“Any evaluation of a Ukrainian company is now either a myth or some wild numbers.” Vitalii Gorovyi transforms InSoft.Partners into a group of companies. Why do he and his business partners need it?

Vitalii Gorovyi, a Ukrainian serial entrepreneur, has transformed the Software Development holding InSoft.Partners into a group of companies under an umbrella brand. The group continues investing in new businesses, trying out its accelerator program, launching offices in Poland, and looking forward to creating an internal corporate fund.

AIN talked to Vitalii and discussed the company’s changes, as well as nine successful deals closed since the full-scale Russian invasion has started.

The photo was provided by Vitalii Gorovyi

When you agreed on this interview, you said that InSoft.Partners would change the concept to a group-of-company format. Please tell me the conceptual differences from its current IT holding format.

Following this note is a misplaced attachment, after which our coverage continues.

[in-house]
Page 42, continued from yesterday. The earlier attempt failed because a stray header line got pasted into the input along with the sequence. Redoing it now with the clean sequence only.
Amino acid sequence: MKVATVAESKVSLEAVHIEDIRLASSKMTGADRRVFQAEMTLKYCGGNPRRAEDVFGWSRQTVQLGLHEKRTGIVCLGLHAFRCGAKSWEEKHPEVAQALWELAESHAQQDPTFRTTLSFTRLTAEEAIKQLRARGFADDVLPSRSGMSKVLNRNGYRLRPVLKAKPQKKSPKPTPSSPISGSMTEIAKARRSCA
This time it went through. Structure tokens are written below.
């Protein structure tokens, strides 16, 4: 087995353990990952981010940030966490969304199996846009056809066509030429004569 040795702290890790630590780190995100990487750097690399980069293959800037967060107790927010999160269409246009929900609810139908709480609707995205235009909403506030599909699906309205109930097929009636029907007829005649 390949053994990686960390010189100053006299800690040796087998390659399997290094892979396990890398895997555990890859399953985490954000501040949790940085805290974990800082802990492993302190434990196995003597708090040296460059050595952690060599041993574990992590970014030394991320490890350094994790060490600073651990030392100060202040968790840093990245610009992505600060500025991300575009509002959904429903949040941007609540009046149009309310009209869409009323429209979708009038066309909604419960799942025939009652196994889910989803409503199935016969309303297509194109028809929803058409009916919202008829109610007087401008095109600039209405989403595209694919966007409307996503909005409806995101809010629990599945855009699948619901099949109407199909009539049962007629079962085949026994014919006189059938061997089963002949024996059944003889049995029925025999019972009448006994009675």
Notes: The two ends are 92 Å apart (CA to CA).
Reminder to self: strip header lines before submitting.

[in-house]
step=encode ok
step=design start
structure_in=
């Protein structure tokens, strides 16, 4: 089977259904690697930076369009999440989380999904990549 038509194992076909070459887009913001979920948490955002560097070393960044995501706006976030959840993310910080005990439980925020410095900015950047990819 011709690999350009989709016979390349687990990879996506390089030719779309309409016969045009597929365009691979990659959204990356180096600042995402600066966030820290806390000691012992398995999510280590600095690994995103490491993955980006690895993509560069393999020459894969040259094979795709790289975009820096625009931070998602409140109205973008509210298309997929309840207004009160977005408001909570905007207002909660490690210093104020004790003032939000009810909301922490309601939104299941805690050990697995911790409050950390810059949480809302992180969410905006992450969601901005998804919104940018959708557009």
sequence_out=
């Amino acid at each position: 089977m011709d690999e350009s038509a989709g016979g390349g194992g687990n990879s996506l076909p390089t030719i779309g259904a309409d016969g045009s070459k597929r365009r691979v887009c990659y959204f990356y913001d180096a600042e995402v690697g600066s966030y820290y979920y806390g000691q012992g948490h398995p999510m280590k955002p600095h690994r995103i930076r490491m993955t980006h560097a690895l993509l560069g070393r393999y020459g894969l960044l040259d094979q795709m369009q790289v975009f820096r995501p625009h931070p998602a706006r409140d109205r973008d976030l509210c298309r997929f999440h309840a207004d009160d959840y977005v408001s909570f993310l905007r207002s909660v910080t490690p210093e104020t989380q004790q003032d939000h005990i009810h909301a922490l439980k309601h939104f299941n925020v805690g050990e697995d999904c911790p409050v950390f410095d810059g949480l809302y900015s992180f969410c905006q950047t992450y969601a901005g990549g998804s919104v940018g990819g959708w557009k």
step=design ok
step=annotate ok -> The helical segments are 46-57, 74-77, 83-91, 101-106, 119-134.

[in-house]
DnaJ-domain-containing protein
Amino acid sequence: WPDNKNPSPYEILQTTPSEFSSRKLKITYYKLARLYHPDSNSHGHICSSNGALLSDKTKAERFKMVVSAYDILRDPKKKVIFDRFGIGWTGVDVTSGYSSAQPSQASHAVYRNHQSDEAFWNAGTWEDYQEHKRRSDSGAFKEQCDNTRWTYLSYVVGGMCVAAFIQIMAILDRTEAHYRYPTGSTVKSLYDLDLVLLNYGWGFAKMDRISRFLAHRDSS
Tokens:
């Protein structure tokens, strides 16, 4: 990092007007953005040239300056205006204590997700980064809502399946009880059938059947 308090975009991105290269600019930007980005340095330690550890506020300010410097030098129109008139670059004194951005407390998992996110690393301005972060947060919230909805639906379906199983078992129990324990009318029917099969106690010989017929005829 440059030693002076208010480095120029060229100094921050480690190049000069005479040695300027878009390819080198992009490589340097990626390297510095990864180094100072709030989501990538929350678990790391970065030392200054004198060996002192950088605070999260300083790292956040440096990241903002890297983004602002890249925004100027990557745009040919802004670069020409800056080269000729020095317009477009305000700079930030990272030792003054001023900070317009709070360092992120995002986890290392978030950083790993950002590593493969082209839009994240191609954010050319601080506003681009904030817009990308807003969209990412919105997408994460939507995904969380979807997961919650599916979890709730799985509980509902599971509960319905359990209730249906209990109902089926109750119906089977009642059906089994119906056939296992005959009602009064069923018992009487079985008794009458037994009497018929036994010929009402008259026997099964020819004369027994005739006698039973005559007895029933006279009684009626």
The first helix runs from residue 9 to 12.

I would love to say that it’s an old strategic vision with 15 years of planning, and we are implementing it step by step. I love telling such visionary things. But let’s be honest. We just saw another opportunity and started moving to it.

Eight years ago, we started as InSoft Capital. It was a different brand, a foundation. Later, however, we understood that this format was not that convenient. We are more than bold operationalists or classic investors. We are not the ones who like to bite small pieces from many companies as ventures do, for example.

Our concept is rather about private equity with a significant operational profile. So, we consequently transformed into an investment company and then into a holding.

Basically, we started with investing money of our investors. Later, we switched to joint investments with external partners. Then, we decided to spend only our own funds. Now, we use the money of internal partners to invest. And, of course, we continue testing new business models.